We started looking in earnest for a mid century house this year with a £600-700k budget and a south London location in mind. Here’s a roundup of the houses that we’ve seen (and haven’t bought) to date:
Victoria Drive, Southfields
This sixties 3-bed end of terrace in Southfields looked promising from the photos – I liked the fact it had two adjoining reception rooms (the second one the result of an extension) and saw the pine panelled ceiling throughout the whole of the ground floor of the house as a selling point rather than an eyesore.
Visiting the house in person, however, I wasn’t entirely sure about it. The £650k asking price was ok but we’d seen bigger places for the same price. The last time I checked, the house was still on the market and had been reduced to £625k.
Topsham Road, Tooting
This sixties 3-bed semi was extremely incongruous on a street of Victorian-era terraced houses near Tooting Bec underground station. I quite liked it from the outside, it was conveniently located and was very reasonably priced at around £640k but it was a bit dark and characterless inside and I felt too overwhelmed by the amount of work that would be needed to get it into a decent state. This clearly didn’t put off another buyer who bought it two days after our viewing.
Kay Road, Clapham
I suspected that this ultramodern house sandwiched between two Victorian properties on the Clapham/Stockwell border would be a bit small but went to along see it anyway because I was intrigued by the photos of a timber-cladded living room and Grand Designs-worthy facade.
Built a couple of years ago on a tiny plot of land by the architect owners, the house was full of neat design touches including a lot of (much needed) built-in storage, skylights and unusual uses of materials.
The house had an upside-down layout with two bedrooms and the bathroom on the ground floor and an open plan living area and kitchen on the first floor with a balcony spanning the length of the room. Despite the fact it was all very attractive (with a great view from the balcony of some brutalist towers), there wasn’t an awful lot of house for the £700k asking price.
Reynard Drive, Crystal Palace
Unlike the Kay Road house, this place had an abundance of space. Situated at the end of a row of terraced houses with unusual inverse pitched roofs in a quiet cul de sac near the Crystal Palace Triangle, the house had been extended to the side and had 4/5 bedrooms, a very large lounge, two bathrooms and a nice garden which led directly into woodland.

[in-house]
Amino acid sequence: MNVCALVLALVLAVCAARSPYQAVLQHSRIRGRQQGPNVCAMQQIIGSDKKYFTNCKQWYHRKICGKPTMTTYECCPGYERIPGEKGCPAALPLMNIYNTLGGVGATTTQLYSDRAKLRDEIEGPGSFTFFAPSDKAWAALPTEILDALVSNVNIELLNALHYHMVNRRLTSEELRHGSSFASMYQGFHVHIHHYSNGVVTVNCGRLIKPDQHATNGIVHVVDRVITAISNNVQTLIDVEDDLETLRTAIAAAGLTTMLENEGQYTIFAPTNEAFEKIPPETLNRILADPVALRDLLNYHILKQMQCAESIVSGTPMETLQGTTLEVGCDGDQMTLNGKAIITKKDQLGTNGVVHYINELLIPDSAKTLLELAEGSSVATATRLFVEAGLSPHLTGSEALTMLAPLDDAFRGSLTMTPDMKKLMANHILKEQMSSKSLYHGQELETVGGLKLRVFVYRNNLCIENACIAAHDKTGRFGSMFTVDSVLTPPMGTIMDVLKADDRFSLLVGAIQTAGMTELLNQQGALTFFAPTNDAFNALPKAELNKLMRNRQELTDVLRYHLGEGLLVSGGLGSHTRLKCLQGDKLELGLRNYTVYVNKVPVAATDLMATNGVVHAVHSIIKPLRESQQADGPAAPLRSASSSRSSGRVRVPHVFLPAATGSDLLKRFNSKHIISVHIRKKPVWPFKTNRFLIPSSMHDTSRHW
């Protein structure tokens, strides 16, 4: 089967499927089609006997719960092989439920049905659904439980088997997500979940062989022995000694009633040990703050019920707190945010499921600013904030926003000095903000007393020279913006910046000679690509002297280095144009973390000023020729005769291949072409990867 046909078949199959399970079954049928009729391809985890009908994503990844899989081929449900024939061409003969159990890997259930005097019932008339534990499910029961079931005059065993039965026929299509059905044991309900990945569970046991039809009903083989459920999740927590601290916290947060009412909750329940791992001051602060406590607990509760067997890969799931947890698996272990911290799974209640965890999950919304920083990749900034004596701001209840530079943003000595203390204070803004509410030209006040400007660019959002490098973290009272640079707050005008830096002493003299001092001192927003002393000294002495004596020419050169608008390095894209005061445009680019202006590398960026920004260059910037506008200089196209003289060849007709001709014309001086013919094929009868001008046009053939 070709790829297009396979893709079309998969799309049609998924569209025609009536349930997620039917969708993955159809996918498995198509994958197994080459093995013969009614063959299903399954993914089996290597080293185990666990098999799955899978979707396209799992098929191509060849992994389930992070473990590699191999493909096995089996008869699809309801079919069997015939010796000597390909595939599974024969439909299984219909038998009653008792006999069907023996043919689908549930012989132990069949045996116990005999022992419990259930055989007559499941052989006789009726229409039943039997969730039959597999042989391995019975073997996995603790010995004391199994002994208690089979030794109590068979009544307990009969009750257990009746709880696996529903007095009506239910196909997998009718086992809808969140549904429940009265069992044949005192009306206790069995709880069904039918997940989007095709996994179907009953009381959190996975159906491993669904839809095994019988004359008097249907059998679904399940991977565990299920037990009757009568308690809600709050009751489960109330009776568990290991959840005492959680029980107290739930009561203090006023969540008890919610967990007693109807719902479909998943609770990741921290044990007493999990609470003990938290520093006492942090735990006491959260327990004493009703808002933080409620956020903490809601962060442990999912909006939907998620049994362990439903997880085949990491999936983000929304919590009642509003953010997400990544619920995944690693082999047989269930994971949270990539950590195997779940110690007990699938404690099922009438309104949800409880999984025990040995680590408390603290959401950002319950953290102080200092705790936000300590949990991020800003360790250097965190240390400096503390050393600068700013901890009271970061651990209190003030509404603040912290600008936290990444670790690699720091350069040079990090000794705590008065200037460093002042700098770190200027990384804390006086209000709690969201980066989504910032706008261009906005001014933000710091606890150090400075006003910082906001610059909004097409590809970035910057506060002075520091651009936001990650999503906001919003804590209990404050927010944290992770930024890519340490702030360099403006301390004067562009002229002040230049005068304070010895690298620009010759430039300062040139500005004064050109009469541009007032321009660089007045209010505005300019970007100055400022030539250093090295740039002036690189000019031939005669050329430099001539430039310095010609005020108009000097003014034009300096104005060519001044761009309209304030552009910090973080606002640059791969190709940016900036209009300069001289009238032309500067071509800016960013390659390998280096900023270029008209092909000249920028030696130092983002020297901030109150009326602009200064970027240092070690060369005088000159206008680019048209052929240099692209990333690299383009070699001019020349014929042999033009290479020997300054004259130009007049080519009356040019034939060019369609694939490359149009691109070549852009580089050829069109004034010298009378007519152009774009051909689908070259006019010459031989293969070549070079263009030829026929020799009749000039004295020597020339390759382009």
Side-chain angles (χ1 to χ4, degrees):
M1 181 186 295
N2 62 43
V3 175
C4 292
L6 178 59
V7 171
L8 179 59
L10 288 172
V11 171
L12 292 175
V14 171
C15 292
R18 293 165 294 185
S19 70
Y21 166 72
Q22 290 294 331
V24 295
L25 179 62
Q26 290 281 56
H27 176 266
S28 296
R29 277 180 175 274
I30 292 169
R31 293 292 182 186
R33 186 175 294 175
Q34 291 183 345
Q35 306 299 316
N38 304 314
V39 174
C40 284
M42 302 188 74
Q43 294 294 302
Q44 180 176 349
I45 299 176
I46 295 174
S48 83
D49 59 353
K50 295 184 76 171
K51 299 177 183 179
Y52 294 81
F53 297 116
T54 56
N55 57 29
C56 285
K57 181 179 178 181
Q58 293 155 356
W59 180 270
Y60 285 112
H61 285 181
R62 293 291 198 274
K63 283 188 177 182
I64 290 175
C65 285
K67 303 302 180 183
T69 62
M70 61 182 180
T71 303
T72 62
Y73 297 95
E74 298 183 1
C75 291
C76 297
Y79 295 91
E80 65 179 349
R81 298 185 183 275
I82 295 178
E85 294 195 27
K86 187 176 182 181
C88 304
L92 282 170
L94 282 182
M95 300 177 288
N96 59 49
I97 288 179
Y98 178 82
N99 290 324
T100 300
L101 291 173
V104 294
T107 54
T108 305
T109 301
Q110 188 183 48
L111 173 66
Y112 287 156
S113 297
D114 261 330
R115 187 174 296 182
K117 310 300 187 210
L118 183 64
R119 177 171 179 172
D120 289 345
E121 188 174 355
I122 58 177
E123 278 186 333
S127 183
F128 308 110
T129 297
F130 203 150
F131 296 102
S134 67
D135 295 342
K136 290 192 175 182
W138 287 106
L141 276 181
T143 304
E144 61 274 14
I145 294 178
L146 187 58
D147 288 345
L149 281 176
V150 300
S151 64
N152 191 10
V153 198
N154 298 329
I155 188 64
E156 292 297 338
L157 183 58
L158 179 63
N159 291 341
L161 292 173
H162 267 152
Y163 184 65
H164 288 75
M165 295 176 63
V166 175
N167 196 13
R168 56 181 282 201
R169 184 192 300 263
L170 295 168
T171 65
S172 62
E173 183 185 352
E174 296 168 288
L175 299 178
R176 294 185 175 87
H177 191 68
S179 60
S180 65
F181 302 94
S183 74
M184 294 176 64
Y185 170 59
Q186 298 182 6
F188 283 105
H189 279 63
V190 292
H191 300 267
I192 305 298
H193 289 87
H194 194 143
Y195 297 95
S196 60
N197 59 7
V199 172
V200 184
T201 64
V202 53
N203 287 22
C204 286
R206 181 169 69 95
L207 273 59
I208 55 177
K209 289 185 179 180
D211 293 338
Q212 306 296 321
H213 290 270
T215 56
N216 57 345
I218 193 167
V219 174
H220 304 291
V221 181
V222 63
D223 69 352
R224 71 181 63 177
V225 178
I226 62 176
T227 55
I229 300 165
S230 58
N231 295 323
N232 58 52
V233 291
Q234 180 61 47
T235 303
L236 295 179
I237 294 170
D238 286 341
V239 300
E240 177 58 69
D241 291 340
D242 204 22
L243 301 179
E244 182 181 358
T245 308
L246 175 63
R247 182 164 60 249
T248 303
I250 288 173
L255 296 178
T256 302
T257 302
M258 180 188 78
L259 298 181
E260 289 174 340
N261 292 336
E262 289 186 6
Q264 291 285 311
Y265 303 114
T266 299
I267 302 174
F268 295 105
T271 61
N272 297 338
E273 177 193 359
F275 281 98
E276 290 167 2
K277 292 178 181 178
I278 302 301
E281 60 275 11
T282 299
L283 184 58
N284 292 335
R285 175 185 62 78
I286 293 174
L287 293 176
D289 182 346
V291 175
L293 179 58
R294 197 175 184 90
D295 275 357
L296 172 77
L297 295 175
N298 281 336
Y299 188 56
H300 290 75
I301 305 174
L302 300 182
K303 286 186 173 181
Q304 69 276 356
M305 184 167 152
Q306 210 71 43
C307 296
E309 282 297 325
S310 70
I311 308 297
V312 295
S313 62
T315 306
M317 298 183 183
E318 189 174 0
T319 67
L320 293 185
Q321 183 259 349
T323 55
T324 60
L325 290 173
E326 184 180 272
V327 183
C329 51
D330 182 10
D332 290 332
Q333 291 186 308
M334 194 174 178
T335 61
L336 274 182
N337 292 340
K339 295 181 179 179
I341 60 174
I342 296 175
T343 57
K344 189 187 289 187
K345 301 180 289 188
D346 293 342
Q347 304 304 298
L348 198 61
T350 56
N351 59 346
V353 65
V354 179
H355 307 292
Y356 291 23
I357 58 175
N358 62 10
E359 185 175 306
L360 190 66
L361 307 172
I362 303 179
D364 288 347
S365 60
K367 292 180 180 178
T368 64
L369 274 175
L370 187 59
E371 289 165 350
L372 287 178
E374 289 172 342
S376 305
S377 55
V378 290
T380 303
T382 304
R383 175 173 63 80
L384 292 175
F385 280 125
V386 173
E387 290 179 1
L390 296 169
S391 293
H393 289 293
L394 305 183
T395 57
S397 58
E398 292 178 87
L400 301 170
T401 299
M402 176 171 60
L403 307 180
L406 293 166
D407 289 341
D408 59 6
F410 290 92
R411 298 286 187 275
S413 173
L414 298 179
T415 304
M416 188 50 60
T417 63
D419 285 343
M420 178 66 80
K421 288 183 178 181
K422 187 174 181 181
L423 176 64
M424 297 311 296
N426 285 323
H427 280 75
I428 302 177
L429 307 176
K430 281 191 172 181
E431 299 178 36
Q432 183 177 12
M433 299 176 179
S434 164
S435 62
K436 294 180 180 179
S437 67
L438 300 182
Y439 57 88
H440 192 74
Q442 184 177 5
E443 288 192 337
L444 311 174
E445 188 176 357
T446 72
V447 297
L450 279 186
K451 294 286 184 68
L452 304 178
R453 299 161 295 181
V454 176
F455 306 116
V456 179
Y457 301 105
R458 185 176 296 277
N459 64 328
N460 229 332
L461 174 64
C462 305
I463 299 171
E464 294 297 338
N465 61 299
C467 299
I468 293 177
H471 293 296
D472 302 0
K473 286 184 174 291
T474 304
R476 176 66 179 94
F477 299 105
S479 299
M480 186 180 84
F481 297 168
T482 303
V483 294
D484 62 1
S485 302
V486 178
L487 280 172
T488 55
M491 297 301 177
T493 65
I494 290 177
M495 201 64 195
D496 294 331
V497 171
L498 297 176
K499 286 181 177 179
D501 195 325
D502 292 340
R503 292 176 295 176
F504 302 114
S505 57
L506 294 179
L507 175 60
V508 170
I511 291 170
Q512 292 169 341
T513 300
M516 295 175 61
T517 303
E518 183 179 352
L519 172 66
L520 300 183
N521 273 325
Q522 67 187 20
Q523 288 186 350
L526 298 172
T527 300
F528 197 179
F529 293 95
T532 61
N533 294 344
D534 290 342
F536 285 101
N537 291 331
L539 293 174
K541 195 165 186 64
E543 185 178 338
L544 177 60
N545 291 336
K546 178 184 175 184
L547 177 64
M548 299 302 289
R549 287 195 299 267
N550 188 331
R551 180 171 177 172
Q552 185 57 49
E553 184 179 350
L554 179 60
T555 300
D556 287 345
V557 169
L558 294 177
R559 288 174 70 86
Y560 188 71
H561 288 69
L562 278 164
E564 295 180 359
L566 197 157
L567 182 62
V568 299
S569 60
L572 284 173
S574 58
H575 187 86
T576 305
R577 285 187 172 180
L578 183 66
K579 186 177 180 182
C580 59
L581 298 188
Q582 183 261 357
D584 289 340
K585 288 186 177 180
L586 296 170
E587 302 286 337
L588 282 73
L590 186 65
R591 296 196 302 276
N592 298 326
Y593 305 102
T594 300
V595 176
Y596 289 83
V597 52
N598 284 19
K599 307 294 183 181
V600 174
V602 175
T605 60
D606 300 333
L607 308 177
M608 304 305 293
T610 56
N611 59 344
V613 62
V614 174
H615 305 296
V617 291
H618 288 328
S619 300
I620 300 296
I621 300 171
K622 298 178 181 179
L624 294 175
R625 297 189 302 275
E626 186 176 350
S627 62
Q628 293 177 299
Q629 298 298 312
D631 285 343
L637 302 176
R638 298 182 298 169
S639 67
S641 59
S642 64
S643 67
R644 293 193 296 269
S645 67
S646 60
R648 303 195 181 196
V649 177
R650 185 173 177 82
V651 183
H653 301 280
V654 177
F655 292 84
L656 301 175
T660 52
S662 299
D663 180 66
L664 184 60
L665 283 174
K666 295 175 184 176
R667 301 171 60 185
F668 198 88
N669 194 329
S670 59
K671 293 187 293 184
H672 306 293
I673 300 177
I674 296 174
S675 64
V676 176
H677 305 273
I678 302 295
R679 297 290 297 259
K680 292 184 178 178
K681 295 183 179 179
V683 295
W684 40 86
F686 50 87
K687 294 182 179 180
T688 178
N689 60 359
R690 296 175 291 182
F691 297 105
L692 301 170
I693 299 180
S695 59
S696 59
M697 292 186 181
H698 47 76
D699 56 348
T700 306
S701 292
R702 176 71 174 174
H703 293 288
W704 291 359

All in all, while it needed a bit of work and the layout was a little odd owing to the way in which the extension had been tacked onto the side of the house, there was a lot there for the £700k asking price (reduced from £750k) and the number of interested buyers reflected this – there was a practically a queue to get in and it was snapped up the day after we went to see it.
Augustus Road, Southfields
Priced at £650k, this 3-storey sixties (or maybe seventies) townhouse was a little ugly from the outside but had four bedrooms and was in a decent location in Southfields. The fact that a more modernised but otherwise identical house in the same terrace was sold last year for around £100k more made this house seem like excellent value.
Visiting it in person, however, it looked like it would be an £100k project to get it into a decent condition (we’re talking holes in the ceiling), which felt too ambitious given our limited experience renovating houses. The last I heard, the owners were taking it off the market to do some of the work to it themselves, most likely with a view to relisting it at a higher price.
Balham Park Road, Balham
Conveniently located (a few minutes’ walk from Balham tube down the side road next to Du Cane Court), this mid-century end of terrace house was a little boxy from the outside but was nicely proportioned and would have made for a manageable project if we’d gone for it. At £700k, however, it did seem rather expensive for what it was.